Domestic ducks require a spacious enclosure with ample room and constant access to fresh, clean water. They don't require a swimming area to survive, but they do benefit from a pool deep enough to allow for natural behaviors. Commercial duck pens are not readily available in the marketplace, so it is generally necessary to construct a custom enclosure. Consider an outdoor duck pen with a large water reservoir.
Constructing an Outdoor Duck Pen
Decide on the best location for the pen. An open area with some shade is ideal. Ducks like cool temperatures. They become stressed when the mercury climbs higher than 70 degrees Fahrenheit, so look for a place with afternoon shade. Placing the pen in the open will help to deter predators.
Dig a hole for the pond with a shovel or excavator. Make the hole slightly larger than the dimensions of the prefabricated pond liner or kiddie pool you'll install. The hole should be deep enough to completely contain the pool, allowing the lip or rim to be flush with the ground.
Place the pond liner or pool inside the hole. Backfill where gaps remain. Using a wood-handled tamper or the shovel, pack the dirt around the edge of the pool or prefabricated pond.
Stake out the perimeter of the pen. According to the Cornell University College of Veterinary Medicine, adult ducks require at least 3 square feet of space per bird. According to this guideline, a 20-foot by 20-foot enclosure can hold more than 130 ducks. A perimeter of such dimension will provide very spacious accommodations for a few pet ducks.
Tie a string around the stakes that define the enclosure's perimeter. The string will provide the guideline for digging a trench.
Dig a trench 12 inches deep and 12 inches wide along the string, all the way around the perimeter. Use a trench digger or a shovel. Remove the string afterward.
Dig holes for the 4-by-4s with a post-hole digger, one at each of the corners of the enclosure. Each hole should be approximately 12 inches in diameter and should extend 12 inches deeper than the bottom of the trench.
Dig additional 12-inch-diameter holes along the perimeter of the enclosure at 4-foot intervals. A 20-foot-long side will have four holes between each corner.
Place a post in each of the holes. With holes 24 inches deep, the tops of the 8-foot posts should be 6 feet above the ground.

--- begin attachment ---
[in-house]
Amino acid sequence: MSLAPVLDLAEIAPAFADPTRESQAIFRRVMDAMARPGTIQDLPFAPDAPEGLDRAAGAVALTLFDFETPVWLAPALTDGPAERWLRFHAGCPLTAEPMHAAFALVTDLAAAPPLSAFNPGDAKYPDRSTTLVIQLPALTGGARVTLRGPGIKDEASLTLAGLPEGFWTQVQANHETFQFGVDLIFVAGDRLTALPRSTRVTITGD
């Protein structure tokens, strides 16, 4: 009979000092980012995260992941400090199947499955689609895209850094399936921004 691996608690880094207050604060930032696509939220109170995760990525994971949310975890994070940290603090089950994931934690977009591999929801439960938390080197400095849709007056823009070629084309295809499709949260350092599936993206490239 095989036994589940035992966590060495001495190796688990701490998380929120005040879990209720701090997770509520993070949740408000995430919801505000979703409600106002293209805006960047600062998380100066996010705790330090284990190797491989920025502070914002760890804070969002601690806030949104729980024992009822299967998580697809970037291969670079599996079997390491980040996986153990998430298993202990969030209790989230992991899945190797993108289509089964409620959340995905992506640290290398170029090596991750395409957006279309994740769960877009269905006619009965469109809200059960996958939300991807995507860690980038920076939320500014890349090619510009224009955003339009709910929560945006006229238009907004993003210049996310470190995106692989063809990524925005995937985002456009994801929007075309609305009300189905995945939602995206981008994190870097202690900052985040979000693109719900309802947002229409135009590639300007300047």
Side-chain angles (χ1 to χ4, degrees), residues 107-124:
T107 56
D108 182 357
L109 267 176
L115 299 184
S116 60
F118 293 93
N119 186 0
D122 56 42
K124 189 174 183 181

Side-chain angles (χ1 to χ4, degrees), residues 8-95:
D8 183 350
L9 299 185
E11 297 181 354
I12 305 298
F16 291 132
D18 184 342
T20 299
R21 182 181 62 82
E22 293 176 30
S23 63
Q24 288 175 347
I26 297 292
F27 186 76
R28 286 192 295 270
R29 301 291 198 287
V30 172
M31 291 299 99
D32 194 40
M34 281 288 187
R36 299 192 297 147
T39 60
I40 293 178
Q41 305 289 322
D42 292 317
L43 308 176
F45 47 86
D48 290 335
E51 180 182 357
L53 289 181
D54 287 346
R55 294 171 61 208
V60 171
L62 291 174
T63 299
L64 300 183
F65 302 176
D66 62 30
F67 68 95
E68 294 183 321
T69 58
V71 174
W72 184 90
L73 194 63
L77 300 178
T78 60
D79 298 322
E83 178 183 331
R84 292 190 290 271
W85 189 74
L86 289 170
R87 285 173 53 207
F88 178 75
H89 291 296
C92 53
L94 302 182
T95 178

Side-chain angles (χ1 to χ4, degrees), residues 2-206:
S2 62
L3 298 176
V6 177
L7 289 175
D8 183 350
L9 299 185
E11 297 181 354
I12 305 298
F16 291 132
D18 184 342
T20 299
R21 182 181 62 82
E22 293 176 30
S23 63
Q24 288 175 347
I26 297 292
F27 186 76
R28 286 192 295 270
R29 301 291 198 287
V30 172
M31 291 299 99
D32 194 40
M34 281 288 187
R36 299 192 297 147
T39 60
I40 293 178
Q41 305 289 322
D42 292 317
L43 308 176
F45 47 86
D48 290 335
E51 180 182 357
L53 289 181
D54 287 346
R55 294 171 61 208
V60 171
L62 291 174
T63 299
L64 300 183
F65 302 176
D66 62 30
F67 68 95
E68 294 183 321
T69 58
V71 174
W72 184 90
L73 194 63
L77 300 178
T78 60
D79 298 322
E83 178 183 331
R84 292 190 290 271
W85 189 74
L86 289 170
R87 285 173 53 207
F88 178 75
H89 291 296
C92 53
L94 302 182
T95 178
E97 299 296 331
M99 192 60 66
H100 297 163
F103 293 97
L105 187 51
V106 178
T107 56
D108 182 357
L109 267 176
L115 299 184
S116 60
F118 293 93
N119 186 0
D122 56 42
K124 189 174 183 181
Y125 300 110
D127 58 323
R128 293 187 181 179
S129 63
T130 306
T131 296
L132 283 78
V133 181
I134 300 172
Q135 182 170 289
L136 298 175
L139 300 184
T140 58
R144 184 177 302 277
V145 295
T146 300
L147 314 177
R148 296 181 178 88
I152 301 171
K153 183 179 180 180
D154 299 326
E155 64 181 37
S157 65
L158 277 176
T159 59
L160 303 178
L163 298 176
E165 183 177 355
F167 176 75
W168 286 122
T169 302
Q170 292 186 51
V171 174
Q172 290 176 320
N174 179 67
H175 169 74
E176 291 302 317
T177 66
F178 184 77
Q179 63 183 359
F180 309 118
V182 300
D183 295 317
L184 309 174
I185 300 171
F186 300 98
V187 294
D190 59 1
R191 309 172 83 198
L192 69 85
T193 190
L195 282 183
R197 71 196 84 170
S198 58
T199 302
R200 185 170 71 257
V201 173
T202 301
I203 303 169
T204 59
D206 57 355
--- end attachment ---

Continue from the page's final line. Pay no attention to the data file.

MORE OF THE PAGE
Using a wheelbarrow as a mixing tub, mix the concrete with water according to manufacturer instructions. Pour the wet mix around the base of each 4-by-4. Use just use enough concrete to surround the base of the post -- stop pouring concrete once it rises to the level of the bottom of the trench.
Allow the concrete to set according to the concrete manufacturer's instructions. In some cases, this may take 24 hours.
Unroll the hardware cloth and cut lengths to stretch between the posts. For a 20-foot-by-20-foot enclosure, cut 20 5-foot lengths of the hardware cloth with the wire cutters. Each 5-foot length will serve as the perimeter barrier between two posts, with a little overlap at each post that allows for stretching the cloth with one hand while stapling with the other.
Staple the cloth to the posts with a heavy-duty stapler, rting at the top of the posts, staple a corner of the hardware cloth to the posts using a heavy-duty stapler. Have the cloth on the inside of the posts. Decide which of the sections will serve as the door, and leave that section as-is, without adding the hardware cloth.
Construct a simple rectangular door frame from the 2-by-4s and angle brackets. Starting with one of the 4-foot 2-by-4s, use the drill to seat screws through the angle bracket and into the wood. The ends of the 66-inch-long posts will butt up against the 4-foot-long posts to give the door dimensions of 69 inches by 48 inches. This will give the door a few inches of ground clearance so it can move. Fasten all four angle brackets to the corners of the wood to form a complete rectangle.
Staple the hardware cloth to the door so the hardware cloth will be on the inside of the enclosure.
Attach the hinge to the door by using the drill to screw in the hardware provided with the hinge. Then attach the hinge to the the post adjacent to the door opening the same way. Hang the door so it opens outward. Make it easy by resting the door on a 2-by-4 while you're hanging it.
Swing the door closed to attach the latch mechanism. Connect the two parts of the hinge to each other as though the door is shut and latched. Attach one part of the latch to the door using the drill and provided hardware. Place the frame-side component of the latch against the post and seat the hardware using the drill.
Fill the trench back up to ground level with some of the dirt left over from digging the trench or pond. If you like, pour concrete in the trench to further fortify the enclosure. Tamp the dirt down along the hardware cloth before you pour concrete, or if you don't use concrete at all.
Fill the water reservoir. Add a layer of mulch, hay or other bedding material to the pen.
- An air-power staple gun or brad gun will expedite the project.
- Don heavy gloves and run your hands along the inside of the enclosure to be sure no rough edges exist that could hurt the ducks.
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